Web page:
College students at the Faculty of Economics and Political Science announced on Thursday that they are temporarily suspending the sit-in they started earlier this week.
The faculty’s student union said in a short statement on Thursday the “sit-in is suspended for two days because of the weekend and so that the female students can go back to their governorates.” The union vowed to continue the sit-in which it said will take on “a different form, “involving escalatory steps.”
The reason for the sit-in is that that some students would have to wait over a month before being allowed into the university’s student housing. The student union called on students to boycott lectures because of the “unjust decision” on Monday. It then claimed that 70 percent of classes did not run and that most students and many of the academic staff responded to the call.
It stated that among the positive effects the decision was that the college administration agreed to provide the students who were in Cairo at the time with “very good housing.”
“But we did not get all of our rights, more than half of the students are still in their governorates,” the union said. After two days of boycotting lectures, the student union called for a sit-in inside the faculty’s building.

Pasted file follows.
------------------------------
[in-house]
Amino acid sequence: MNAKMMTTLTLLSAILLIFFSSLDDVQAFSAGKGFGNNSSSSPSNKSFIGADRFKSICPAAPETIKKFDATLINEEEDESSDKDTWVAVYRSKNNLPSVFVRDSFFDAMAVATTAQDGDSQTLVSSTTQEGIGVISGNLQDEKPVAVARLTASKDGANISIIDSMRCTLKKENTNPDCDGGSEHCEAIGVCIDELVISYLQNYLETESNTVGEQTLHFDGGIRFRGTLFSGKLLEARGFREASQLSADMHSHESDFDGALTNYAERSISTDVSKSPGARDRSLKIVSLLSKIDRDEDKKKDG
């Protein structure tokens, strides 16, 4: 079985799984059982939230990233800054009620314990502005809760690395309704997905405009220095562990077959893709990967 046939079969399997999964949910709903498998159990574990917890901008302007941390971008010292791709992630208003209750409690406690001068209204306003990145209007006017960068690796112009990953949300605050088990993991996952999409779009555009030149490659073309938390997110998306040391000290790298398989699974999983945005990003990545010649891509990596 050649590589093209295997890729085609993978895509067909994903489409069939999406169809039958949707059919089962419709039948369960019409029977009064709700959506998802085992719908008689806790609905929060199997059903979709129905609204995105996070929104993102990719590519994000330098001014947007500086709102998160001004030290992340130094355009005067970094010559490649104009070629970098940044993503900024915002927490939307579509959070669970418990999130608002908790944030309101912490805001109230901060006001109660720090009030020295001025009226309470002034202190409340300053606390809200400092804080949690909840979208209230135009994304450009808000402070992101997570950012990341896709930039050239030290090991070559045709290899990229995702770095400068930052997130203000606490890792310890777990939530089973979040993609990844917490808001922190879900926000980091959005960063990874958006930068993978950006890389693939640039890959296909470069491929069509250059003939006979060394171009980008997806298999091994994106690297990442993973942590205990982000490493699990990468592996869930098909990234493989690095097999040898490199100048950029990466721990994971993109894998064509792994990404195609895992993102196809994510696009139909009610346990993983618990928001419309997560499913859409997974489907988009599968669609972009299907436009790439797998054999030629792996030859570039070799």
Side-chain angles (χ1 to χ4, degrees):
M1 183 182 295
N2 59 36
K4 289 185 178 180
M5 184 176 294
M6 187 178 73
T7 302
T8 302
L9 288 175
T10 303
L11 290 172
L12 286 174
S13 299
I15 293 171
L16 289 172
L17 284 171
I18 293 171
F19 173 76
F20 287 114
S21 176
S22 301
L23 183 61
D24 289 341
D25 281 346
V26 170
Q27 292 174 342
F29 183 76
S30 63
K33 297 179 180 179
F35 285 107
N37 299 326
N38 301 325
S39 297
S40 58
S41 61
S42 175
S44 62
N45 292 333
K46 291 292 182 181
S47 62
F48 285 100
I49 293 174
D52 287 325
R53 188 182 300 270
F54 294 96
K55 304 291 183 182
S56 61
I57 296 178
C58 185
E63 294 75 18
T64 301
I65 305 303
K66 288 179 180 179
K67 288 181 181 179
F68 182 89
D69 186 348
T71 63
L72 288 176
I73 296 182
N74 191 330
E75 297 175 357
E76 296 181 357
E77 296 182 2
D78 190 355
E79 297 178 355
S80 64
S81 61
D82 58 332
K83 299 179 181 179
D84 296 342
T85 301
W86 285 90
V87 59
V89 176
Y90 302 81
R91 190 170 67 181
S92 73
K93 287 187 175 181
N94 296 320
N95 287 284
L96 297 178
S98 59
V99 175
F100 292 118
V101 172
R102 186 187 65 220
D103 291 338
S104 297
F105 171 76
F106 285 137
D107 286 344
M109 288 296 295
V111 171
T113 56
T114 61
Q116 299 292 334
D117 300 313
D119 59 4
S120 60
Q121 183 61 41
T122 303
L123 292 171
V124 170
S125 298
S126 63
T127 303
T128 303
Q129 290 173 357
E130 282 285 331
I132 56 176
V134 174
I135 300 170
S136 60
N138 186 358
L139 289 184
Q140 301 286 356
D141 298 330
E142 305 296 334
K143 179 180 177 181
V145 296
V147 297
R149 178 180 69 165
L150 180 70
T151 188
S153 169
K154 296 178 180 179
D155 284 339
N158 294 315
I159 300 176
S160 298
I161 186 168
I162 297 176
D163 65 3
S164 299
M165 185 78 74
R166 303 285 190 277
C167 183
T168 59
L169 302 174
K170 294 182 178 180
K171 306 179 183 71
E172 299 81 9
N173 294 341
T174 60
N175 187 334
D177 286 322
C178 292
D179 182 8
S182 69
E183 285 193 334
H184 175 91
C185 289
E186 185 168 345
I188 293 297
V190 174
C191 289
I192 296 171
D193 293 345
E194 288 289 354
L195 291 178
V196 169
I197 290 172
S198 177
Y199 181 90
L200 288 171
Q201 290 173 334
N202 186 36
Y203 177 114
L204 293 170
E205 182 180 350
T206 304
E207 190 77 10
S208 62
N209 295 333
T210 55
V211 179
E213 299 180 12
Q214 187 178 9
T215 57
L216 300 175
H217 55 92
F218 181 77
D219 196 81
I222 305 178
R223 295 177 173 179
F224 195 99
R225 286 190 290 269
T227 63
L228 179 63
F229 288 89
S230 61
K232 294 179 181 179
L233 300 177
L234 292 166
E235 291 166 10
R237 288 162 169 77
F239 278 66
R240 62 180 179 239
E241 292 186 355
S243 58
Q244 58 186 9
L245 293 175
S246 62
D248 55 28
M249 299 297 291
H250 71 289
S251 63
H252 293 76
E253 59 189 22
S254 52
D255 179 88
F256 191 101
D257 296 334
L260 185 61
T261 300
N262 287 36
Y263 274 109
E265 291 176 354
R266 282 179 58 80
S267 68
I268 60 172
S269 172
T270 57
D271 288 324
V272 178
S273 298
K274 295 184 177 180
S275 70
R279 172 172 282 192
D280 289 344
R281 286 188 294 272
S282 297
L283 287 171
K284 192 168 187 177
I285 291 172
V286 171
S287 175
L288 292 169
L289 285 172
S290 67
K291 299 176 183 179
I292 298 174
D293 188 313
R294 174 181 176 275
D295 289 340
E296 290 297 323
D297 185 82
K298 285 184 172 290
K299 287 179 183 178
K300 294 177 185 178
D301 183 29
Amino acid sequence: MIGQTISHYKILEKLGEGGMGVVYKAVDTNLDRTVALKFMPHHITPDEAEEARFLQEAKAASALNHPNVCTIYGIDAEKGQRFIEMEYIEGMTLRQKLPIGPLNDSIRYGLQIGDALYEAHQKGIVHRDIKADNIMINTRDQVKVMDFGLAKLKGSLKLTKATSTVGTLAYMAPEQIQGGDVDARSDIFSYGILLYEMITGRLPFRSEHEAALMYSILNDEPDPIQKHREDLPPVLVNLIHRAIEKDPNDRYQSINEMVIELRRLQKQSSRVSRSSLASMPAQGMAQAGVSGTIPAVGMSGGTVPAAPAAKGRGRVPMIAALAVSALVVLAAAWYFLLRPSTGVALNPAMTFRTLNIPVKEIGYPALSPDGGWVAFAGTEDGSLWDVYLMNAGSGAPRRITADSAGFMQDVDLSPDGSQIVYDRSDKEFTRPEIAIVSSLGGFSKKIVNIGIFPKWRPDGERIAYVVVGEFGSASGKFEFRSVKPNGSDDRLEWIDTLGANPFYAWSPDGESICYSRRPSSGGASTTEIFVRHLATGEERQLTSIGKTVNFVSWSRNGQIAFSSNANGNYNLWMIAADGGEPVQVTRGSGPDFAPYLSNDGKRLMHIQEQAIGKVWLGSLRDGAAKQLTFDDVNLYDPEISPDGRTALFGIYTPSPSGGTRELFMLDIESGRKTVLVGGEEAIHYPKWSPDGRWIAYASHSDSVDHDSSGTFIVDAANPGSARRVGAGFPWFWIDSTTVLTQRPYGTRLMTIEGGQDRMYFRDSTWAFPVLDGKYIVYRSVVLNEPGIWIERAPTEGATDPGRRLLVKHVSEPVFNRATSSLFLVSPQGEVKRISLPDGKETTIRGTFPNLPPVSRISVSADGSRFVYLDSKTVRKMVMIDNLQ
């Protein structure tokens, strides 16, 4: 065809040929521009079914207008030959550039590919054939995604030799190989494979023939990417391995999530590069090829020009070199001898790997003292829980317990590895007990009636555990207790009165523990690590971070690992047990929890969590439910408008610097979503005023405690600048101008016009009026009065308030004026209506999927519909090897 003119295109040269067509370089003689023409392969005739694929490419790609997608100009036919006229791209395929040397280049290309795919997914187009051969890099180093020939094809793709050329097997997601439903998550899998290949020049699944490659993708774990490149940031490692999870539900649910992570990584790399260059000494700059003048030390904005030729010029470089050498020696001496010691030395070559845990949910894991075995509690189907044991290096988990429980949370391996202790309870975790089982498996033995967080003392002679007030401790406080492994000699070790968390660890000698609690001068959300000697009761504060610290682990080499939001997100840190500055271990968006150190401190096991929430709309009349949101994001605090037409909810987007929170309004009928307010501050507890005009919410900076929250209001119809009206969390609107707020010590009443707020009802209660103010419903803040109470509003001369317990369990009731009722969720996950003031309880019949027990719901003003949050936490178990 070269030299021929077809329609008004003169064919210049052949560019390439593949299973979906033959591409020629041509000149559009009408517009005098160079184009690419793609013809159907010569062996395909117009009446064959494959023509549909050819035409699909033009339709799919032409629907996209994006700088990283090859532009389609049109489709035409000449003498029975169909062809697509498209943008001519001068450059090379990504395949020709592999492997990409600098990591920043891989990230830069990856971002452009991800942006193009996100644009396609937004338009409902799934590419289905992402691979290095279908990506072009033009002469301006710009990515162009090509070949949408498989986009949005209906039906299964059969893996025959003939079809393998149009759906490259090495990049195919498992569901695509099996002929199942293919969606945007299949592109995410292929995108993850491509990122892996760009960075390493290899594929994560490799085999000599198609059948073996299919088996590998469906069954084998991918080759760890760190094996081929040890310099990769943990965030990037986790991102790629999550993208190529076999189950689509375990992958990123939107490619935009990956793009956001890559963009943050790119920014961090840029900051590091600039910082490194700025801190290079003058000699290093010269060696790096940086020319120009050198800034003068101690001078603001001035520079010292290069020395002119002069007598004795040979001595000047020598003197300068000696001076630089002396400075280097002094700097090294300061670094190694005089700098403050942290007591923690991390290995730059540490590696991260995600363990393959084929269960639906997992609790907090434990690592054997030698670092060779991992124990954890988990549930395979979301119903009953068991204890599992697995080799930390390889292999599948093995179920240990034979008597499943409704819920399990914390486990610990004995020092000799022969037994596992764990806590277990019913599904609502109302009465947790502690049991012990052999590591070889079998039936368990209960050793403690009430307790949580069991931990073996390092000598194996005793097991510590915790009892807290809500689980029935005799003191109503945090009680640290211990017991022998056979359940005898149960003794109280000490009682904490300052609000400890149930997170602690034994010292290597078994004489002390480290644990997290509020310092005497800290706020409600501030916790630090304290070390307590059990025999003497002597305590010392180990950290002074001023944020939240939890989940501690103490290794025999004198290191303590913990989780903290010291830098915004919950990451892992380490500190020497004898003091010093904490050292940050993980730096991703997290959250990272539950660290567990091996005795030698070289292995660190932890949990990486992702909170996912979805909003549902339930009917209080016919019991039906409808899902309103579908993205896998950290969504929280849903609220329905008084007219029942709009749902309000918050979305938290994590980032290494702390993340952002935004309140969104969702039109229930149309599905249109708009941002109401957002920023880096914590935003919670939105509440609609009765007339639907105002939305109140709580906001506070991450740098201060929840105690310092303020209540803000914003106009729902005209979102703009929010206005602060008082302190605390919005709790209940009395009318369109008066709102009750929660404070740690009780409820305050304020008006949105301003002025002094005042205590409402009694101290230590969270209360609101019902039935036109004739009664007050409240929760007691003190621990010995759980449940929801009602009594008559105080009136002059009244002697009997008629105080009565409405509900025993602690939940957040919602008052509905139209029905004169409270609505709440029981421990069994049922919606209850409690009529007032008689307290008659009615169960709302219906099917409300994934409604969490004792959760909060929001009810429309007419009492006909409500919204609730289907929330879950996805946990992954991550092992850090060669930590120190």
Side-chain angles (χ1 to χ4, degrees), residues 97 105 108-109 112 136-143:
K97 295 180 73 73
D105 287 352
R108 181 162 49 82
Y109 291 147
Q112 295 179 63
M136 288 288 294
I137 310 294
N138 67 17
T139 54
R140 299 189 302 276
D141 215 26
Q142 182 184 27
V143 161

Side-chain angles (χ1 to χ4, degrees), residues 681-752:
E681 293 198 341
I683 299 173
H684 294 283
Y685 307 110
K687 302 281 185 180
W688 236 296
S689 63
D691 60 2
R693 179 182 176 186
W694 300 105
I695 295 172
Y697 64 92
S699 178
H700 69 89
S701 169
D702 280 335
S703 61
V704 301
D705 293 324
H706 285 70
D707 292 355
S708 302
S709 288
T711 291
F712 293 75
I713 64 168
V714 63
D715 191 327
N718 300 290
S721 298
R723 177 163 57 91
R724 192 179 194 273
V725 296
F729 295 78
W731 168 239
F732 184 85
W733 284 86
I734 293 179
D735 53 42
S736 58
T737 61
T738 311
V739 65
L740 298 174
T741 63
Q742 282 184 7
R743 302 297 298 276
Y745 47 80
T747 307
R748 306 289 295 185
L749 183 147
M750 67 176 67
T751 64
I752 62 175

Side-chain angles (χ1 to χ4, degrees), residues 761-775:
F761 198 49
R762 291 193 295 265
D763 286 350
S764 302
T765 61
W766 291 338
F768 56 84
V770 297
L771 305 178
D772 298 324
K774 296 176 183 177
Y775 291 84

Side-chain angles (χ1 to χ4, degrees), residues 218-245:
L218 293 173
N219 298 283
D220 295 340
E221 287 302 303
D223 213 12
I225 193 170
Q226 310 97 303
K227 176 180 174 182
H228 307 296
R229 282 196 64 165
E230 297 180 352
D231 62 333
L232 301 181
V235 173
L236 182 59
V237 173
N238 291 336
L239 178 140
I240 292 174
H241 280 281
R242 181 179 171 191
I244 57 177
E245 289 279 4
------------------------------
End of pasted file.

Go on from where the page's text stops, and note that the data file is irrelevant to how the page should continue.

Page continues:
On Wednesday, state-run news agency MENA cited a statement by the university’s administration stating that the university is offering the students access to the housing based on a schedule in which the students with the highest grades gain access to the housing first. The university administration added that some students from the Faculty of Economics and Political Sciences showed up demanding access to the housing on days other than the ones stated in the schedule “which violates the principles of equality and equal opportunity.”
In response the union asked if there is any justice to students having to travel to and from Cairo every day or having to pay for expensive housing in Cairo outside the university housing.
“We have only taken this stand and started a sit-in in college because students are deprived of their simplest rights,” the union said, adding that the decision to boycott lectures would be brought to an end but other escalatory steps would soon be announced.